This week features a slight digression to propose an alternate interpretation of the mechanics of Force use than what I see in most tabletop implementations. It’s presented now because I’m assuming it for the writeup of Jedi next week, and if you use a more standard model, next week’s post may be less useful to you.

Force Powers

One of the classic problems with implementing Jedi in a tabletop game is that the giant raft of powers required to make them feel minimally competent makes them way more powerful than other PCs and/or pre-spends most of their traits making it hard to differentiate them. A pile of powers is certainly in line with the prequels, but not necessarily with the original trilogy or even with The Force Awakens (slightly more mild spoilers than usual for episode 7 in this post, if you’re still worried about that).

The interesting thing about Force use by the classic five (Luke, Vader, Kenobi, Yoda, and the Emperor) and even the two in the new episode is that it’s extremely common to see a power used only by one or two characters. A lot of this is probably meant to be intent and/or screen time: Vader doesn’t really get into a situation where a mind trick is more useful than a force choke, and Kenobi wouldn’t electrocute anyone even presented the opportunity. So we mostly see the tricks that Luke learns, plus a handful of other interesting things that the others do with their limited screen time and that Luke might just not know yet.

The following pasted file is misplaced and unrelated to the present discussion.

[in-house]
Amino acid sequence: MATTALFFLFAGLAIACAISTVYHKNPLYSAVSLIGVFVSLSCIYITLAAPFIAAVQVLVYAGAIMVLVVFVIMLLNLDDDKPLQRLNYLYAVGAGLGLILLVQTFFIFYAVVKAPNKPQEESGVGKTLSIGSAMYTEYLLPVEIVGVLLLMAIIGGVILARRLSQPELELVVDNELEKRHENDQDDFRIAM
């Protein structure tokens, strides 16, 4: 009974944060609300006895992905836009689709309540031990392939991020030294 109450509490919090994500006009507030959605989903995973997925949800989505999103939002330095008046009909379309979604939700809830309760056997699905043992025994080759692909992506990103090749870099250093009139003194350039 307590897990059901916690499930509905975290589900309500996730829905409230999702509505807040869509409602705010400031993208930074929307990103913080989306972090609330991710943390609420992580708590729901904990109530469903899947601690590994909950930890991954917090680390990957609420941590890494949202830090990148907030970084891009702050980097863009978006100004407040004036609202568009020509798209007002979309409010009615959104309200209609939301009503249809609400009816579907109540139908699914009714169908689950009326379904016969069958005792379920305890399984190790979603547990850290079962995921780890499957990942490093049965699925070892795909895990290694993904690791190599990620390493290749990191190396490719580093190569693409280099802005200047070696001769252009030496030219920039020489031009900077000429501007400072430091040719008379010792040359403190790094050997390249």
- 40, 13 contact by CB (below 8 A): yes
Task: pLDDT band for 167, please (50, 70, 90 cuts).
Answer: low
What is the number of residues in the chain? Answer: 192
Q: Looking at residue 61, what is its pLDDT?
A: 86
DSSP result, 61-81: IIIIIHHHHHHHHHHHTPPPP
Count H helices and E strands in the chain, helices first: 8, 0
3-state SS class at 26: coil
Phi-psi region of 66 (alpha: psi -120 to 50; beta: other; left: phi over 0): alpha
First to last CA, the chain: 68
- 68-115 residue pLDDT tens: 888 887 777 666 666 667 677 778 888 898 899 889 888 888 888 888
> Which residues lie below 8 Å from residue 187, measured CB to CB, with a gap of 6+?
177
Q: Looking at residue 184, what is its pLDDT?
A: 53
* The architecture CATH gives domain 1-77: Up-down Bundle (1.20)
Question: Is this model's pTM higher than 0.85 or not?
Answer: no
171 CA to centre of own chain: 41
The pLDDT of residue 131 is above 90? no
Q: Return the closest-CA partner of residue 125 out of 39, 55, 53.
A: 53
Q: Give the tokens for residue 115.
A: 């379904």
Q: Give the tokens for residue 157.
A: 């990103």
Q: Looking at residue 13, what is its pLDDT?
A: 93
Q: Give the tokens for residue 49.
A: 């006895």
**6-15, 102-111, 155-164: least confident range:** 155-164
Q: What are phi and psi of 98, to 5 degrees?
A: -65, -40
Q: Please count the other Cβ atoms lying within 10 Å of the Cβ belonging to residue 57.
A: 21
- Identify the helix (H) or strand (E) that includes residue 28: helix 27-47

But what if it’s not a big list of powers that new Jedi need to check off? What if it’s exactly what it looks like in the films: force lightning isn’t a dark side expression that any skilled force user could use if angry enough, but the Emperor’s unique power. What if the vast majority of force powers are new developments: you can only learn them if you track down their creator and get training.

We now have a solved problem and a new opportunity: starting PCs no longer need a ton of Force powers to feel “correct” and Jedi PCs now have a deep motivation to go adventuring to meet other Jedi and get trained in their powers.

Now we can break the powers expressed in the films into general powers and individual characters’ unique powers.

For general abilities, assume an overall ability to feel and push/pull on connections between the Jedi and other matter/minds:

  • Prescience: It seems to be pretty common to have some level of premonition/sense of destiny.
  • Telekinesis: All Force users seem to be able to shove, yank, and whip small objects, and can sometimes manage bigger objects.
  • Mental Sensitivity: Jedi can often, but not always, sense other individuals to whom they are emotionally tied; particularly if they are nearby and/or Force sensitive.
  • Telepathy: It seems to be pretty common to speak into the mind, at least to call for help, and pull out information (particularly things at the surface of the mind).